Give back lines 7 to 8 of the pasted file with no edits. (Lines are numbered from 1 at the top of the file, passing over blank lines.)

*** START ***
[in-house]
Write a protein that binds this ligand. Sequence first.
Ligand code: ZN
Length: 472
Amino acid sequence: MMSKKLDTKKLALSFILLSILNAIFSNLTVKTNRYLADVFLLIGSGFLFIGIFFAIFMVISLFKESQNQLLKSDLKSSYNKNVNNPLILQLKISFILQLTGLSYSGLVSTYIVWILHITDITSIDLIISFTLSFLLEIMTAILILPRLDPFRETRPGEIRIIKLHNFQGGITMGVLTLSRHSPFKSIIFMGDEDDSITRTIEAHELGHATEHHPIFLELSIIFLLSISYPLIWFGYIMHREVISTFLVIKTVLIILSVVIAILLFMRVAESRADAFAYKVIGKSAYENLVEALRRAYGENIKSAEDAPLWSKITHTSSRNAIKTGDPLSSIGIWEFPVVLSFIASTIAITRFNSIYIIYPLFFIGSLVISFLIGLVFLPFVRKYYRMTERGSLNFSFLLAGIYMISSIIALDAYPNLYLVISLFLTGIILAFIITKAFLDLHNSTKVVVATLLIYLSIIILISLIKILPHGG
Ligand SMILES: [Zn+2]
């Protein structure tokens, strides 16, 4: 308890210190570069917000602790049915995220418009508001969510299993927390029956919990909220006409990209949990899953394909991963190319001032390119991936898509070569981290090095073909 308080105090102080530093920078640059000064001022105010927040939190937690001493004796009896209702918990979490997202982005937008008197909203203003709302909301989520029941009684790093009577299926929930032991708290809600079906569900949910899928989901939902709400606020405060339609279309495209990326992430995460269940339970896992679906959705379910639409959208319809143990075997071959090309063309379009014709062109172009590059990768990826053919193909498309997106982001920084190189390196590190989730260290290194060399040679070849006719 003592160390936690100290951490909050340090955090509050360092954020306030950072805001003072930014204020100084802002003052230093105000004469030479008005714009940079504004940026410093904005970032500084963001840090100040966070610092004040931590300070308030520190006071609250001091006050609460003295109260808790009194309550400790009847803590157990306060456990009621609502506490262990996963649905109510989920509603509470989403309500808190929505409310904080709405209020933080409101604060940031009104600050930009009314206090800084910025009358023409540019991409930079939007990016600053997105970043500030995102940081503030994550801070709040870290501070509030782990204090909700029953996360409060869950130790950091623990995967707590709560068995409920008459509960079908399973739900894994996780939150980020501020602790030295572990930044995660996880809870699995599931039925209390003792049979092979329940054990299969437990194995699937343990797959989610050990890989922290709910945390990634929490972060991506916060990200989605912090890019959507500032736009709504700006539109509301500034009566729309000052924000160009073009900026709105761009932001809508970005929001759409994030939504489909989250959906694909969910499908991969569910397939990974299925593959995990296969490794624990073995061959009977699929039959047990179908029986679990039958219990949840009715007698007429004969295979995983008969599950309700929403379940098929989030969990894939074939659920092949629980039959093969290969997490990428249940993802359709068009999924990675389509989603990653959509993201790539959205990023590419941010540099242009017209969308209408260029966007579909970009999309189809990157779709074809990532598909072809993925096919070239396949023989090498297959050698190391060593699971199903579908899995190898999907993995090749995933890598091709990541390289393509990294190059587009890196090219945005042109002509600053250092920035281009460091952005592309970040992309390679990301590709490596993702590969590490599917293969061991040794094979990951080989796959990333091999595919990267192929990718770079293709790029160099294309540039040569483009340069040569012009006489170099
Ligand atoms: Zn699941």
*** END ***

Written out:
């Protein structure tokens, strides 16, 4: 308890210190570069917000602790049915995220418009508001969510299993927390029956919990909220006409990209949990899953394909991963190319001032390119991936898509070569981290090095073909 308080105090102080530093920078640059000064001022105010927040939190937690001493004796009896209702918990979490997202982005937008008197909203203003709302909301989520029941009684790093009577299926929930032991708290809600079906569900949910899928989901939902709400606020405060339609279309495209990326992430995460269940339970896992679906959705379910639409959208319809143990075997071959090309063309379009014709062109172009590059990768990826053919193909498309997106982001920084190189390196590190989730260290290194060399040679070849006719 003592160390936690100290951490909050340090955090509050360092954020306030950072805001003072930014204020100084802002003052230093105000004469030479008005714009940079504004940026410093904005970032500084963001840090100040966070610092004040931590300070308030520190006071609250001091006050609460003295109260808790009194309550400790009847803590157990306060456990009621609502506490262990996963649905109510989920509603509470989403309500808190929505409310904080709405209020933080409101604060940031009104600050930009009314206090800084910025009358023409540019991409930079939007990016600053997105970043500030995102940081503030994550801070709040870290501070509030782990204090909700029953996360409060869950130790950091623990995967707590709560068995409920008459509960079908399973739900894994996780939150980020501020602790030295572990930044995660996880809870699995599931039925209390003792049979092979329940054990299969437990194995699937343990797959989610050990890989922290709910945390990634929490972060991506916060990200989605912090890019959507500032736009709504700006539109509301500034009566729309000052924000160009073009900026709105761009932001809508970005929001759409994030939504489909989250959906694909969910499908991969569910397939990974299925593959995990296969490794624990073995061959009977699929039959047990179908029986679990039958219990949840009715007698007429004969295979995983008969599950309700929403379940098929989030969990894939074939659920092949629980039959093969290969997490990428249940993802359709068009999924990675389509989603990653959509993201790539959205990023590419941010540099242009017209969308209408260029966007579909970009999309189809990157779709074809990532598909072809993925096919070239396949023989090498297959050698190391060593699971199903579908899995190898999907993995090749995933890598091709990541390289393509990294190059587009890196090219945005042109002509600053250092920035281009460091952005592309970040992309390679990301590709490596993702590969590490599917293969061991040794094979990951080989796959990333091999595919990267192929990718770079293709790029160099294309540039040569483009340069040569012009006489170099
Ligand atoms: Zn699941």